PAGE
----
It was a very obscure little link on the Australian government’s AusTender website that first alerted technology news site ITnews and then Pulse+IT last week to the long-awaited announcement of the awarding of the JP2060 Phase 4 eHealth system replacement for the Australian Defence Force to Leidos Australia. The contract was costed at a very precise three hundred and twenty-nine million, six hundred and fifty-two thousand, six hundred and forty-three dollars and eighty cents, ($329,652,643.80), although Leidos this week in its PR said priced it at $299 million. According to ITnews the contract was signed last December, although there is no word on why it was not publicly announced at the time and was only revealed in April.
A rather peculiar tender was issued by the Australian Department of Health back in September 2021 for a review of the electronic prescribing ecosystem, with particular emphasis on the funding model. The tender was full of the usual government verbiage, talking about the need to look at “opportunities to improve the customer experience for prescribers, patients and dispensers; optimise the environment to support further scale; and to ensure the effectiveness and sustainability of the operating and funding model”. In other words, it wanted to look at cutting costs.
We hear that one of the usual suspects in the big four consulting groups won the contract to take at look at this ecosystem, saw that the department was not only funding every eScript token that a GP sent out by SMS but that it had in fact been paying for every printed script issued with a barcode for close on a decade, and decided to recommend cutting back on these subsidies.
Pulse+IT’s readers prefer us to stay out of politics and refrain from commenting one way or the other and we generally try to do so, but with a federal election just three weeks away and the topic of healthcare barely touched on by our leaders, it’s getting tough.
Barely a peep has come out from the Coalition about healthcare policy beyond the usual spin about record funding, guaranteeing Medicare, free medications, ‘permanent telehealth’ and so on. With health minister Greg Hunt retiring and a non-entity like former social services minister Anne Ruston to take his place, and aged care minister Richard Colbeck currently on holiday either in Coventry or perhaps even Siberia so quiet he has been, healthcare policy and funding is not getting much of a run.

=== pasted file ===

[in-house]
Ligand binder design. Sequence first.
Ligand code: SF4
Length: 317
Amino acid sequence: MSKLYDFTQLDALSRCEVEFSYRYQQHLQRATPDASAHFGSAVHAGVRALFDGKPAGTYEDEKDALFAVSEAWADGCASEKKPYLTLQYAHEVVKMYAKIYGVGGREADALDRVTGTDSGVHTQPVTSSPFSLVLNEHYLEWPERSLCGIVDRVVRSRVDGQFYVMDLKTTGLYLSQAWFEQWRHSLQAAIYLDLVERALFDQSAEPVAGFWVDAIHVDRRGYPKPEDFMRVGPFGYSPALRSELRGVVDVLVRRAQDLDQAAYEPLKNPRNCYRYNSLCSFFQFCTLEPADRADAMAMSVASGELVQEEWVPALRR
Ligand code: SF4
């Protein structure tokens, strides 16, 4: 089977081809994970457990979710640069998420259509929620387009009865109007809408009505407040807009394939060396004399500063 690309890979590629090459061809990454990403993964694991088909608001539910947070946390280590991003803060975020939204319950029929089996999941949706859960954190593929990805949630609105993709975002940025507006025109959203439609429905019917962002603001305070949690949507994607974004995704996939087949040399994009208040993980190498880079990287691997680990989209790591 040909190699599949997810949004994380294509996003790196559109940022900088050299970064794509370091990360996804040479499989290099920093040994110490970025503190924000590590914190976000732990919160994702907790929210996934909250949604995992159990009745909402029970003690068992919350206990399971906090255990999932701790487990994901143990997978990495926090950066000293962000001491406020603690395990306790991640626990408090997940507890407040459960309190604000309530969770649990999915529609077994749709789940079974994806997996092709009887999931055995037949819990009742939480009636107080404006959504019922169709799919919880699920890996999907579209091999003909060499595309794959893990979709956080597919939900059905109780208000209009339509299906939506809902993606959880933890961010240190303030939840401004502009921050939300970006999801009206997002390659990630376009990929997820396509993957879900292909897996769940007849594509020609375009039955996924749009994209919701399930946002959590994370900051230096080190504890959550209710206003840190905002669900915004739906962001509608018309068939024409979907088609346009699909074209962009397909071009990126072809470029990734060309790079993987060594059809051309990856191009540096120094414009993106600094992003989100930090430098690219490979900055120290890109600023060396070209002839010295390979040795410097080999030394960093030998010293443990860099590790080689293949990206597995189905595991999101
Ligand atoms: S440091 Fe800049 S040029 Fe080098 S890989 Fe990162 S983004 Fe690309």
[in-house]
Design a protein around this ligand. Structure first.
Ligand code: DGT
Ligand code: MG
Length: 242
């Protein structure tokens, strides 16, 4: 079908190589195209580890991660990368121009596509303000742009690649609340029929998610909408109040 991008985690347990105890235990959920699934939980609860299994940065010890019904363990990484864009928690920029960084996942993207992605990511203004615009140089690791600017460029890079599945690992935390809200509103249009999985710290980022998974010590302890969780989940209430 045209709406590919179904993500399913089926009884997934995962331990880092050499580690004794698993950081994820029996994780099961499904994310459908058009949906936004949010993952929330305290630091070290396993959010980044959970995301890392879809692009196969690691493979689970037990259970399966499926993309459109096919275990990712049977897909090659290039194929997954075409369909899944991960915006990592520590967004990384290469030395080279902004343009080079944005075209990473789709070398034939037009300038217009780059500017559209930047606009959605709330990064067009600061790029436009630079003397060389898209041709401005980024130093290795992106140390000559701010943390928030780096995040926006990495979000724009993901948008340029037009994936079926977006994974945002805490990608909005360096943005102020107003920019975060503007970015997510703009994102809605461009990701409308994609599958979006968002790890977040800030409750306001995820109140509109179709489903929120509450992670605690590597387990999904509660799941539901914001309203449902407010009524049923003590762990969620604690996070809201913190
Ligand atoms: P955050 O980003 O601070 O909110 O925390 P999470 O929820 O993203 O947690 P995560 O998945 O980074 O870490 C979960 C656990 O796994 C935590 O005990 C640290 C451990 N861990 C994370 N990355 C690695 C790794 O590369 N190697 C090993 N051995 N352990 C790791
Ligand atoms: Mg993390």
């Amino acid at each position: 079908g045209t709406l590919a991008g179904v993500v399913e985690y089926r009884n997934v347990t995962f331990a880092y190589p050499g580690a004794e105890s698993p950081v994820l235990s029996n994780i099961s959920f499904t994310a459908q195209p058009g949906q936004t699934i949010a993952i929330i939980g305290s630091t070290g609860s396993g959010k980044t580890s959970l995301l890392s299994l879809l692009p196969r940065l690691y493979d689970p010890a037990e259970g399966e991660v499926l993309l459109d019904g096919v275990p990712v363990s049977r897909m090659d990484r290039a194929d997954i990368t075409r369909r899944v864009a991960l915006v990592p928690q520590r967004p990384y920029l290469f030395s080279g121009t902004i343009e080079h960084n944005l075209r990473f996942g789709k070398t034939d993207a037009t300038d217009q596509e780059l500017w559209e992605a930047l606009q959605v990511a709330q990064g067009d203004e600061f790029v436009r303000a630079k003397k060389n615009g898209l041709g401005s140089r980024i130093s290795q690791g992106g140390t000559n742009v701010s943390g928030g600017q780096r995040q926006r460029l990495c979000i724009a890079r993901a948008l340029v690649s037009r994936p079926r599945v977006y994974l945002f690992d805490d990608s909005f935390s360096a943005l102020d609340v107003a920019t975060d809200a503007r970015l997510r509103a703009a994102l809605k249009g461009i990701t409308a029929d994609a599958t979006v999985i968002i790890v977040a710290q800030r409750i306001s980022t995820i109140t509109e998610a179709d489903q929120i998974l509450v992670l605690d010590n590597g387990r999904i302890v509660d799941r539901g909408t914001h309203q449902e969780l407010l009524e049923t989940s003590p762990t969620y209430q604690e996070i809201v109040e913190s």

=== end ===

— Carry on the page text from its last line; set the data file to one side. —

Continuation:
ASX-listed ResApp Health has been making some pretty big moves and pretty big claims in the last year or so for its respiratory health software apps, so it was no real surprise that a Big Pharma company has been sniffing around. What is a bit surprising in Pfizer’s bid for the Brisbane firm is the size of its offer, which values the company at $100 million.
ResApp has been around for quite a few years, having been founded in 2014 to commercialise technology developed by University of Queensland biomedical engineer Udantha Abeyratne. It officially listed on the ASX in 2015 through a reverse listing with the former Narhex Life Sciences, and since then has run some pretty impressive trials, in particular at Joondalup Health Campus in WA, into using the technology for remote diagnosis of COPD, asthma and pneumonia through artificial intelligence analysis of cough sounds. It also has a sleep apnoea app called SleepCheck that is going great guns.
Cost of living pressures may be the name of the game in this year’s Australian federal election, but aged care and healthcare will surely play a big role. The Coalition government has been touting its healthcare cred in the lead up to this year’s budget, citing the billions spent on the COVID response as evidence of healthcare spending, along with the vast sums it can conjure for newly subsidised medicines on the PBS.
It is also touting yet again its “rock-solid commitment to Medicare”, otherwise known as the Medicare guarantee, which outgoing health minister Greg Hunt has used for years as a slogan to push back against Labor accusations of inadequate funding for healthcare and other assorted Mediscares.
Yes, we know we have been banging on about this for ages but this week has revealed in living colour just how ridiculous outgoing health minister Greg Hunt’s commitment to telehealth is. Despite masses of spin to the contrary, the Australian government has no intention of instituting universal permanent telehealth, and nor has it gone to Herculean efforts to institute it, as the Medical Software Industry Association ridiculously likes to tout.
The surreptitious release of the grandly titled Primary Health Care 10-year Plan – allegedly published on March 25, four days before the budget but somehow evading everyone’s notice – suggests that there are quite a lot of elements to the plan that the Department of Health wants to hide.
This week started off with the interesting news that private health insurer Medibank had invested $10 million in telehealth start-up Medinet. Telehealth start-ups are of course a dime a dozen, promising to revolutionise this and disrupt that, but that’s been the case for the last 10 years or so for those in the business.
We’ve been reporting on telehealth for 15 years and remember the big uptake beginning in 2010-2012, along with health insurer interest in telehealth platforms. For instance, HCF took an early stake in long-standing platform GP2U, which recently sold to UK-based telehealth provider Doctor Care Anywhere for $11m.
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